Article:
There has been a "relatively stable number" of new monkeypox cases being identified each week, according to the Director of the National Immunisation Office.
Dr Lucy Jessop has said that 97 cases of monkeypox have been identified in Ireland so far this year.
Speaking to RTÉ's News at One, Dr Jessop added that the number of cases is "not increasing at an alarming rate".
The HSE set up an incident management team, which has been meeting since the first cases were identified in May.
"We've been closely monitoring it and looking at all aspects of the identification, care and prevention of monkeypox," she said.
She added that in line with the National Immunisation Advisory Council advice, people who are close contacts of cases of monkeypox are being offered vaccination.
She added that NIAC has recently given additional advice to offer vaccination to some people who are particularly at high risk of contracting monkeypox.
"In terms of people who are particularly at risk of this disease, it's people who have multiple sexual partners, including some groups of men who have sex with men," Dr Jessop added.
"In terms of the risk of the broader population, that risk is very low, so it isn't a vaccine programme that will be offered more widely than that."
The UK Health Security Agency (UKHSA) said tonight there were "early signs" that the monkeypox outbreak is plateauing across the country and that its expansion has slowed.
"While the most recent data suggests the growth of the outbreak has slowed, we cannot be complacent," Dr Meera Chand, director of clinical and emerging infections said.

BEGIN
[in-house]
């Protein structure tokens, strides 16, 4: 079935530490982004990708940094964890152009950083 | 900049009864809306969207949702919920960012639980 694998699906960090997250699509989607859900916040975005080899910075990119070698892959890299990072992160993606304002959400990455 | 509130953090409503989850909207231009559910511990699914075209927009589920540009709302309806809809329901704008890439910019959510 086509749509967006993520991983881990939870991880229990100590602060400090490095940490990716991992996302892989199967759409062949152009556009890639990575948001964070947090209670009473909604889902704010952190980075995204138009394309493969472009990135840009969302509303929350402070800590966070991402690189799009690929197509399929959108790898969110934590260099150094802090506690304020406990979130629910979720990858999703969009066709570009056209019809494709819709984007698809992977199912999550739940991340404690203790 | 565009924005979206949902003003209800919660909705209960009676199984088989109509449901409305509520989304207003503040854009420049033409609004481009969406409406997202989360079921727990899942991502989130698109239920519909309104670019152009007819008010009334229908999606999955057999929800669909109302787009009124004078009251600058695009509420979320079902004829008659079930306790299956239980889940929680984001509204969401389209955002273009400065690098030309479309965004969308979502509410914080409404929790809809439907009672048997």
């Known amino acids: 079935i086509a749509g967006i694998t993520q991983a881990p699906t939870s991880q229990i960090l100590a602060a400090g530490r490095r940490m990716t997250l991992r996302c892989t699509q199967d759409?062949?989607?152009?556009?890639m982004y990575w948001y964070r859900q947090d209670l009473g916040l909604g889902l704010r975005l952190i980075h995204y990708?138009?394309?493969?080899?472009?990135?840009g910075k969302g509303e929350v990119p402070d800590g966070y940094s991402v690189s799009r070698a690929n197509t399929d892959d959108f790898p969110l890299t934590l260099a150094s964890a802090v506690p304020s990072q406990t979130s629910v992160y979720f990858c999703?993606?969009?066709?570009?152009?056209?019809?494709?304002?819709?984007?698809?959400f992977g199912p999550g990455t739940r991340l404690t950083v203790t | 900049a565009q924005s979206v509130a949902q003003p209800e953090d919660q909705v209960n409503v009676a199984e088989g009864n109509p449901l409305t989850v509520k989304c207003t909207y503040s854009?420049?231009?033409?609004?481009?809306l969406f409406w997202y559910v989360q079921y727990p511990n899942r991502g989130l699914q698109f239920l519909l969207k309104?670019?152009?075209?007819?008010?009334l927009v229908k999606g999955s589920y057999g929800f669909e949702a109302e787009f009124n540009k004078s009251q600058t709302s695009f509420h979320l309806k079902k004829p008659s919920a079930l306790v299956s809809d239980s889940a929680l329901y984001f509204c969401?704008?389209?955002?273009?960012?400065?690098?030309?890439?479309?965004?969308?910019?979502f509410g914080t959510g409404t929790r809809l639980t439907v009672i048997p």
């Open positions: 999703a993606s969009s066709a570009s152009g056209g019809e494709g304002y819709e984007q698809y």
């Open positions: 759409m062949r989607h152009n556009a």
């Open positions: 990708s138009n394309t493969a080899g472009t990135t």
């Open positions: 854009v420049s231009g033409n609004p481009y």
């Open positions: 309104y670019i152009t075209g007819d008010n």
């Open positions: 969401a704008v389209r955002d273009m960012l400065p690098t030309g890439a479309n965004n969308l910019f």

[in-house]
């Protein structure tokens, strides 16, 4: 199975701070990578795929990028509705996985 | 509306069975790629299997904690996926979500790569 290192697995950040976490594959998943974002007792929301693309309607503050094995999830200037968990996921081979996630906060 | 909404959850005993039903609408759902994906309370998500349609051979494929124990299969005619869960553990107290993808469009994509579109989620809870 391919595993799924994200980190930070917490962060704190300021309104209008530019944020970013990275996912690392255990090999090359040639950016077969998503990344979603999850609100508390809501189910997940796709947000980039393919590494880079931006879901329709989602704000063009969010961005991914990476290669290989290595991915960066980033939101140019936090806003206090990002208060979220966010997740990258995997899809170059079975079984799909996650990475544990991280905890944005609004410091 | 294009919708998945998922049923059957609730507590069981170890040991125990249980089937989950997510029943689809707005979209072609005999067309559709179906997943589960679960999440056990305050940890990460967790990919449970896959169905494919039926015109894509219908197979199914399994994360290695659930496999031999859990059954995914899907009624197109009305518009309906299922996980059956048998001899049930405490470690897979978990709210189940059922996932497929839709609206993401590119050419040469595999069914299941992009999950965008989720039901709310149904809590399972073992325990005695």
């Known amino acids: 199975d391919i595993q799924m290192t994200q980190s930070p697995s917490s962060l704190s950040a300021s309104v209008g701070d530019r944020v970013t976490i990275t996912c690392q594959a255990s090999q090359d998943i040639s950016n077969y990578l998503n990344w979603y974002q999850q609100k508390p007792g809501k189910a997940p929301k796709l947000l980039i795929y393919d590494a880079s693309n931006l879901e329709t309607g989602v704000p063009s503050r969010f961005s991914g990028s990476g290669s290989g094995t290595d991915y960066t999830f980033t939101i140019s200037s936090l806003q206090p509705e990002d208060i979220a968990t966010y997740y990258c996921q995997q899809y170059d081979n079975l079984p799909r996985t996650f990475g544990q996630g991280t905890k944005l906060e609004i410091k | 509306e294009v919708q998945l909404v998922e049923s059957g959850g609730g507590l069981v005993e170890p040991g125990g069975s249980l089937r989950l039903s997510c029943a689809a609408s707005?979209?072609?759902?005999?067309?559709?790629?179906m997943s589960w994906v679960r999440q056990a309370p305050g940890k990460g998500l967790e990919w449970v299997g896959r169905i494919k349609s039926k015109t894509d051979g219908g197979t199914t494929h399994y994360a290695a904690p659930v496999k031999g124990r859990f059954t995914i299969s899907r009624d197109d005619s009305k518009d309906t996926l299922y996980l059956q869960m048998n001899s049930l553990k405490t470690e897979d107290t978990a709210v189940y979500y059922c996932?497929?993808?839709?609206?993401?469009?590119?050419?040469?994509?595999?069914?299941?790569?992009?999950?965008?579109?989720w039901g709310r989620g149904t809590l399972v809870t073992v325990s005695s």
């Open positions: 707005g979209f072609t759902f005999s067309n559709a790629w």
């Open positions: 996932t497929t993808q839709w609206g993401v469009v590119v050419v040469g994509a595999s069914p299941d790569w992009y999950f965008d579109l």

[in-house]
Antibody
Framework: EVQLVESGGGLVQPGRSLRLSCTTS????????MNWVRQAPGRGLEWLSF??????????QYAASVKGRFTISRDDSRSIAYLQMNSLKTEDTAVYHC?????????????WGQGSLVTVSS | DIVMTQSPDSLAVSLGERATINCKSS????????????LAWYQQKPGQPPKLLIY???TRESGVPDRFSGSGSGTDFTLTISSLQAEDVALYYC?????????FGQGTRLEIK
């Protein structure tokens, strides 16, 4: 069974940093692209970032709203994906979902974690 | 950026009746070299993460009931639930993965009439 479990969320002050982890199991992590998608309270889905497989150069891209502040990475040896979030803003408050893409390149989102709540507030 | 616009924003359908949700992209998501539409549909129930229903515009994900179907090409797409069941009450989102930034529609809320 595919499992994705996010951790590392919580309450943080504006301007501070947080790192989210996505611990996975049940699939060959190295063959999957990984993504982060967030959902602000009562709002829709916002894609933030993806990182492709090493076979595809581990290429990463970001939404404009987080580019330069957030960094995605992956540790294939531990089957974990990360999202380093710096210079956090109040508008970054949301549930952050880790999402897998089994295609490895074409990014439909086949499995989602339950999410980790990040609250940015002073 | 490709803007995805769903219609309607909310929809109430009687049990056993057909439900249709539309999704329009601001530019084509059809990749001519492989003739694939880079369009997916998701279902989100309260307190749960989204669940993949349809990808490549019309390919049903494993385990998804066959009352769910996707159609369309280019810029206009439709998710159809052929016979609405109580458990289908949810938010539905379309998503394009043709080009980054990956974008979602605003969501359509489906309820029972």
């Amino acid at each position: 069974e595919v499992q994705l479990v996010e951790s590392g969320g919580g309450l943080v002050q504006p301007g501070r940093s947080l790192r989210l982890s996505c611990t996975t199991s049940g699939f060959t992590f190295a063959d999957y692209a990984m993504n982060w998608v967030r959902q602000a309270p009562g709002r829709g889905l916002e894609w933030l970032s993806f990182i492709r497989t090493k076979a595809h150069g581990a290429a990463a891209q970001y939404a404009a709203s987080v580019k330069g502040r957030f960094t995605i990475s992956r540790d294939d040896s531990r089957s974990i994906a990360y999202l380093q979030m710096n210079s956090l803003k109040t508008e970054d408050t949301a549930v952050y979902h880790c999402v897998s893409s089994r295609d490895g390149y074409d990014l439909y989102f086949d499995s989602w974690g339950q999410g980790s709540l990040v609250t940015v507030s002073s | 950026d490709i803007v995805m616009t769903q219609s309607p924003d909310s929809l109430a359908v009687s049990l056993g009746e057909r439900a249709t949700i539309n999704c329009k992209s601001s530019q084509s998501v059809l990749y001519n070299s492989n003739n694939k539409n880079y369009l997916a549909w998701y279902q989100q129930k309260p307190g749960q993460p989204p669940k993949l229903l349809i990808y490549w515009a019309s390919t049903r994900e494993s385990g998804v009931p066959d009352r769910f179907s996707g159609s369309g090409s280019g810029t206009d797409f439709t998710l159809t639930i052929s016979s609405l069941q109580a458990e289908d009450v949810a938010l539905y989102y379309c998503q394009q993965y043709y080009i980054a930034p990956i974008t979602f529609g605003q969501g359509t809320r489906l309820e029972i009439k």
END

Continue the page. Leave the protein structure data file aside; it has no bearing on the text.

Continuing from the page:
There were 2,859 confirmed and highly probable cases of monkeypox in the UK as of 4 August with nearly 99% of the cases among men, the country's health authority said in a statement.
Authorities in the UK in June recommended gay and bisexual men at higher risk of exposure to monkeypox be offered a vaccine, as the outbreak of the viral disease had gathered pace.
Campaigners here yesterday called for the planned HSE monkeypox vaccination programme to begin as a matter of urgency.
HIV Ireland Executive Director Stephen O'Hare said that the planned roll-out had not started yet and the Government is currently putting a vaccination plan in place.
The HSE said that since the multi-country monkeypox outbreak began, the HSE has received limited supplies of smallpox vaccine and has been using this to respond to cases of monkeypox.
It said that the vaccine is being offered to close contacts after a risk assessment and also to some healthcare workers who may be at risk of exposure through their work.
At this time, supplies of vaccine in Ireland and in the EU are low and limited, it added.
The United States yesterday declared the monkeypox outbreak a public health emergency, a move expected to free up additional funding and tools to fight the disease.
The World Health Organization has also declared monkeypox a "public health emergency of international concern," its highest alert level.